Interplay of Thangka Art with the Nepalese Culture

This image is borrowed from the Museum of Nepali art, Kathmandu’s collection on their website. The painting is named “Amoghapasa Lokesvara with 108 Manifestation”.

The first element of Samsara: Existence

Table 1: List of interviewees

The second element of Samsara: Matter

  1. Method and Evolution (Tradition/Modernity)
  2. The conflict between the two facets: Religion and Commerce
  3. Interplay between the Art, Nepalese Culture, and Religion
  4. Difference between Thangka and Paubha art

1. Method and Evolution (Tradition/Modernity)

With the skills and techniques along with their religious significance passed down from generation to generation and from masters to their students, Thangka and Paubha (an art form similar to Thangka painting having a different origin) are important parts of the traditional Nepali culture. When conducting our research, we found that there was a high degree of variance in how people understood the origins of the art form. Thangka is said to be first painted in Tibet and is based on Buddhist philosophy whereas Paubha emerged from the Newar community of Nepal and is influenced by both Buddhism as well as Hinduism. But lack of documented evidence has made it difficult to pinpoint the exact origin of these art styles leading to an increased dependency on oral history, especially in Thangka painting.

2. The conflict between the two facets: Religion and Commerce

Another major theme we found in our discourse analysis was the conflict between commercial and religious circuits of art consumption. Thangka paintings, which were once used as an essential piece of sacred art in the Buddhist community, are now used in a variety of other ways: as a meditative aid, a didactic tool, or as a conventional piece of art. Changes in the more tourist-oriented pieces have been evident in everything from formal elements like style and colors, to iconography and artistic approaches.

Our society has been consuming art for aesthetic and cultural purposes rather than simply for religion.

Our interviewees’ statements have highlighted the obvious tide of commercialization of Thangka painting in Nepalese society.

3. Interplay between the Art, Nepalese Culture, and Religion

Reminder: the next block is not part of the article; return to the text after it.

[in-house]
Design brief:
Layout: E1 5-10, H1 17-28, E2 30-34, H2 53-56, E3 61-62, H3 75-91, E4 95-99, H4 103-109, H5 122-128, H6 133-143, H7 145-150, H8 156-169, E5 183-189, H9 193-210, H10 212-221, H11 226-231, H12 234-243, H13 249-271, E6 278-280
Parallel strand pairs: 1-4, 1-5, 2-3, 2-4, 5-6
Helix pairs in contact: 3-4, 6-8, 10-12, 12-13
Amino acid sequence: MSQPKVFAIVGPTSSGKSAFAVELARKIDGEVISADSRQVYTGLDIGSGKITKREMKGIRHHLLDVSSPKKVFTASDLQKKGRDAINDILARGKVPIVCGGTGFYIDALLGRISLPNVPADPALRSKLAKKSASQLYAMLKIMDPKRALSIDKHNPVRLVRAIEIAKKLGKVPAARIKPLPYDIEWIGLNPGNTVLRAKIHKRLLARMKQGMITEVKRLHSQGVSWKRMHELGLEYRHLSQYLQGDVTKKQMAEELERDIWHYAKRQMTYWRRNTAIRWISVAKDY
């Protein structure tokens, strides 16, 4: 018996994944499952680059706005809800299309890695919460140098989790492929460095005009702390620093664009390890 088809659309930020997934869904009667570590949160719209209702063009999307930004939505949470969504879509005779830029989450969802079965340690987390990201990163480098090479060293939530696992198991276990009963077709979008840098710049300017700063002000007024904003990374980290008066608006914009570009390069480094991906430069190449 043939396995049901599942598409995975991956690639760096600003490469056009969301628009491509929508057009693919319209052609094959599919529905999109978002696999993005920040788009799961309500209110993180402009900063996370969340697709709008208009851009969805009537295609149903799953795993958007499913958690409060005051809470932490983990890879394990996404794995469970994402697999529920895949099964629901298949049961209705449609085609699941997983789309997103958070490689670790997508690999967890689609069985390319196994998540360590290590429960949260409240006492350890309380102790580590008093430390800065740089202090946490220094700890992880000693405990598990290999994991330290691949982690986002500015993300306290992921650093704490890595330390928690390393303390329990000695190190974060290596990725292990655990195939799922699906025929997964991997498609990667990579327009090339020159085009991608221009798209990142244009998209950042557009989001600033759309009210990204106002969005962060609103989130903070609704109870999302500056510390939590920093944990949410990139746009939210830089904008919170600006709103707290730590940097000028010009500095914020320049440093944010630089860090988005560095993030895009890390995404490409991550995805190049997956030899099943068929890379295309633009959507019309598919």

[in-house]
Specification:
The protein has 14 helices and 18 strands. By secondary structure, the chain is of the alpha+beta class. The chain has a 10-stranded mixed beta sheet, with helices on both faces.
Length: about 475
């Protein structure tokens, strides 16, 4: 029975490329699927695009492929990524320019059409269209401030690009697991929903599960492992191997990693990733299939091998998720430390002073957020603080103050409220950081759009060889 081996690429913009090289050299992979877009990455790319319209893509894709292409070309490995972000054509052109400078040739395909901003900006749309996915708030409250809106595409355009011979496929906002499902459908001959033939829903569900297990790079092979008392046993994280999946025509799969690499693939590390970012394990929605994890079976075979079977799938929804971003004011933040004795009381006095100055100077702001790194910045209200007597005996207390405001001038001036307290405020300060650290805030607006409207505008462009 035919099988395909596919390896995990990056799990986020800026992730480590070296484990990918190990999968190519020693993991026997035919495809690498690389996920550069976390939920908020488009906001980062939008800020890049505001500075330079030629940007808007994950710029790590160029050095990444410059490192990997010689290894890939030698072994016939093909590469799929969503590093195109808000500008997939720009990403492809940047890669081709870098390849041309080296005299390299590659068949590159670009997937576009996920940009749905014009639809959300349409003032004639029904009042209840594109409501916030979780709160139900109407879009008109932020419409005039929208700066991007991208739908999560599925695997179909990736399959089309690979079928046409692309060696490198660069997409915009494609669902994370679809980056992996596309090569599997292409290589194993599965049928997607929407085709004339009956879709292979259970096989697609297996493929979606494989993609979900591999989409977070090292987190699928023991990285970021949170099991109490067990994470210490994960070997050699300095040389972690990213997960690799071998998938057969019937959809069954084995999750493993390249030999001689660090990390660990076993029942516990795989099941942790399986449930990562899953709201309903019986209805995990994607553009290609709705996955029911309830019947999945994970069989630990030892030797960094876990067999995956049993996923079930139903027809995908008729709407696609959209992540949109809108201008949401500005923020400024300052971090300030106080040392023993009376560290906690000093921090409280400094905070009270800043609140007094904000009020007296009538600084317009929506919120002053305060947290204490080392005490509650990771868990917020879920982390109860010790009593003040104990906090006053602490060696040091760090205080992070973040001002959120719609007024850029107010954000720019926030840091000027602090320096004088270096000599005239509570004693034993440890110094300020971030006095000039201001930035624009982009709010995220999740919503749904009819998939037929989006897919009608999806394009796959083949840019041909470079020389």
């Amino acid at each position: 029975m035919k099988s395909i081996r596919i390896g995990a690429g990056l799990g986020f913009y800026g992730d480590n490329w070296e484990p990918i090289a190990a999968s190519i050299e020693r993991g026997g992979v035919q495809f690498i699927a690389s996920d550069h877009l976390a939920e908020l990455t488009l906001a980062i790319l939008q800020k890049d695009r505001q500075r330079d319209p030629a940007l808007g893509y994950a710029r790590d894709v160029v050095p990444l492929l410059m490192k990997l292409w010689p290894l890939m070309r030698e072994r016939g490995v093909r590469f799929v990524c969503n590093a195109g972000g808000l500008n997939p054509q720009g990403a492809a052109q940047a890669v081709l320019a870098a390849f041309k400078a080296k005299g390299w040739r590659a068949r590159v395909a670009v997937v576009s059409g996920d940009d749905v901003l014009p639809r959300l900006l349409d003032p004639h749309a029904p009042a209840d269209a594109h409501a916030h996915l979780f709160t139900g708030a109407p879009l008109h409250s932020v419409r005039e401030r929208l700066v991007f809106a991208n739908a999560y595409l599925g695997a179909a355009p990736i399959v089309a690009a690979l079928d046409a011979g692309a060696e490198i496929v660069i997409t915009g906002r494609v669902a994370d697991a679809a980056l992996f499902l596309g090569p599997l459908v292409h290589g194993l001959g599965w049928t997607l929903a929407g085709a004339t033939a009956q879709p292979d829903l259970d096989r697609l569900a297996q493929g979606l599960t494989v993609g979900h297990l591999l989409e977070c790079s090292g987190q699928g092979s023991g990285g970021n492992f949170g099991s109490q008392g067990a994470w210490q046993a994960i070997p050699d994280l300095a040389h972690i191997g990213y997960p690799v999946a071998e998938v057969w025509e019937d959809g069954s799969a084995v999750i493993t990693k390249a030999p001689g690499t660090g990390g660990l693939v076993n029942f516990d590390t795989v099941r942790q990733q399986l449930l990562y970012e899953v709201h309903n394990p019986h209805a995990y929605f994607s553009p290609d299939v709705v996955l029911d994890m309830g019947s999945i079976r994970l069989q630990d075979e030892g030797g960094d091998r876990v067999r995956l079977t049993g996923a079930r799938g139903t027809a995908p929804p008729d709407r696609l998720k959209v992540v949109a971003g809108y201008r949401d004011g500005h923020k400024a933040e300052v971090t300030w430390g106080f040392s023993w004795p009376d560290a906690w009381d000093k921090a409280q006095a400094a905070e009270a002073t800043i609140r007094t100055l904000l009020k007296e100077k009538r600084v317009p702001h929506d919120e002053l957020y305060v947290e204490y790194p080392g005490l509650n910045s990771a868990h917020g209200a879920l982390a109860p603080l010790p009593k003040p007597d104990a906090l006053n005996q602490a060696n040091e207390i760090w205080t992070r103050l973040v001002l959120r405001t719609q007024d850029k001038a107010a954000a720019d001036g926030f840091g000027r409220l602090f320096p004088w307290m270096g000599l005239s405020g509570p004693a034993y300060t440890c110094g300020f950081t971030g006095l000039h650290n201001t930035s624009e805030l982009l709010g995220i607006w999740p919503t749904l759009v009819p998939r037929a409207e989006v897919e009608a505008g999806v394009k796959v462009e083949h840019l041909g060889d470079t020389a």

Thangkas often serve as the symbols of Nepali Culture, as evidenced by Romio Shrestha’s statements:

Seeing the evident lack of recognition and respect for Nepalese Art and Culture, I embarked on a venture of bringing Nepalese Art into the highlight of the world [through the promotion of Thangka].

Furthermore, we derive an interesting perspective from Mrs. Kavita Karki, a buyer and Nepali diaspora in the United States of America, when she says that she bought Thangka in order

to be reminded of her home, Nepal

These statements strongly indicate that Thangkas go beyond a particular culture or religion and serve as a representative of an imagined “unified Nepalese culture.” Thangka primarily served as a Buddhist cultural centerpiece that passed down the teachings of Buddhism from generation to generation. This passing down has now made Thangkas a major part of the Nepalese identity.

4. Difference between Thangka and Paubha art

Starting with the intention of depth discourse analysis on Thangka painting, our project found a deviated path when historians and museums in Nepal were found to be more inclined towards Paubha painting compared to Thangka painting. While these two forms of paintings look ostensibly the same, they have important differences in their histories, style and discourses. While we did not succeed in finding historians or professors in Nepal who had specialized in Thangka, we came across senior figures such as Lok Chitrakar whose insights on Paubha helped us see the difference.

Tibetan Thangka are influenced by Newari Paubha, as many Newari artists used to work in Tibetan monasteries.

The third element of Samsara: Cyclicality of Life which means birth and death.

The fourth and the final element of Samsara: Rebirth

We discovered that there is a renewed interest in Thangkas lately. Artists are trying to preserve the original essence of the art and its value to Nepali society while being able to sustain themselves economically by commercializing it.

Drawbacks in our Methods

Our methods, however, do not come without drawbacks. Since all of our interviews were carried out in Nepali and transcriptions in English had to be translated, it could have brought some inaccuracies in our paper. However, we have tried our best to eliminate this by doing multiple re-readings of our translations. Secondly, although we interviewed 19 people in the discourse of Thangka, our paper could have had better findings with a larger number of interviewees. Furthermore, due to human biases we couldn’t ascertain the objectiveness of our interviewees’ statements.


Our road ahead shall encompass a bunch of tasks. First, we are going to publish the interviews. Then, besides discourse analysis, we are also going to explore more quantitative methods of analyzing texts, such as sentiment analysis and topic modeling. And finally, we want to add value to a wider audience through our work.

Team members(from left to right): Yashashwee Shrestha, Yojana Gurung, Oshin Panta, Shreeansh Agrawal, Aastha Ghimire, and Suprabh Joshi.



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Incubate Nepal

Incubate Nepal

Incubate Nepal is a virtual program that connects the brightest students across Nepal to collaborate on open-ended projects.